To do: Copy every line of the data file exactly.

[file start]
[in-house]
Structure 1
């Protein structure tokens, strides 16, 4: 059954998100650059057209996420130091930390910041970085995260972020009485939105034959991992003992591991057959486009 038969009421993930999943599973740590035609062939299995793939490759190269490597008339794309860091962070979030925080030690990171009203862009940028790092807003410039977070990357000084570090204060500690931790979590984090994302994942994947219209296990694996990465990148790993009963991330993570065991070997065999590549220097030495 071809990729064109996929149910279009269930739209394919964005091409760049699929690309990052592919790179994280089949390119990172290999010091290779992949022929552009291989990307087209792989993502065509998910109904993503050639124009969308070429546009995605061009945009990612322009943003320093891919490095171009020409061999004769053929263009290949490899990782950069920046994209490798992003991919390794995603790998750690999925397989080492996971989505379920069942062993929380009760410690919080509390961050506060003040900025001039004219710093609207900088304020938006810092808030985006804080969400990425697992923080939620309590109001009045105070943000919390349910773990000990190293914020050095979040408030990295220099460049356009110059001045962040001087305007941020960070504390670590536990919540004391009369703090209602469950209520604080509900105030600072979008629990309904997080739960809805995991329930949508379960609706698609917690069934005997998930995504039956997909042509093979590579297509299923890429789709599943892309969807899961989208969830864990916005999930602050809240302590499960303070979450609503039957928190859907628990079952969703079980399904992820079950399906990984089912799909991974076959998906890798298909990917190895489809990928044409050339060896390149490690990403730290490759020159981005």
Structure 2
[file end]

[in-house]
Structure 1
């Protein structure tokens, strides 16, 4: 059954998100650059057209996420130091930390910041970085995260972020009485939105034959991992003992591991057959486009 038969009421993930999943599973740590035609062939299995793939490759190269490597008339794309860091962070979030925080030690990171009203862009940028790092807003410039977070990357000084570090204060500690931790979590984090994302994942994947219209296990694996990465990148790993009963991330993570065991070997065999590549220097030495 071809990729064109996929149910279009269930739209394919964005091409760049699929690309990052592919790179994280089949390119990172290999010091290779992949022929552009291989990307087209792989993502065509998910109904993503050639124009969308070429546009995605061009945009990612322009943003320093891919490095171009020409061999004769053929263009290949490899990782950069920046994209490798992003991919390794995603790998750690999925397989080492996971989505379920069942062993929380009760410690919080509390961050506060003040900025001039004219710093609207900088304020938006810092808030985006804080969400990425697992923080939620309590109001009045105070943000919390349910773990000990190293914020050095979040408030990295220099460049356009110059001045962040001087305007941020960070504390670590536990919540004391009369703090209602469950209520604080509900105030600072979008629990309904997080739960809805995991329930949508379960609706698609917690069934005997998930995504039956997909042509093979590579297509299923890429789709599943892309969807899961989208969830864990916005999930602050809240302590499960303070979450609503039957928190859907628990079952969703079980399904992820079950399906990984089912799909991974076959998906890798298909990917190895489809990928044409050339060896390149490690990403730290490759020159981005």
Structure 2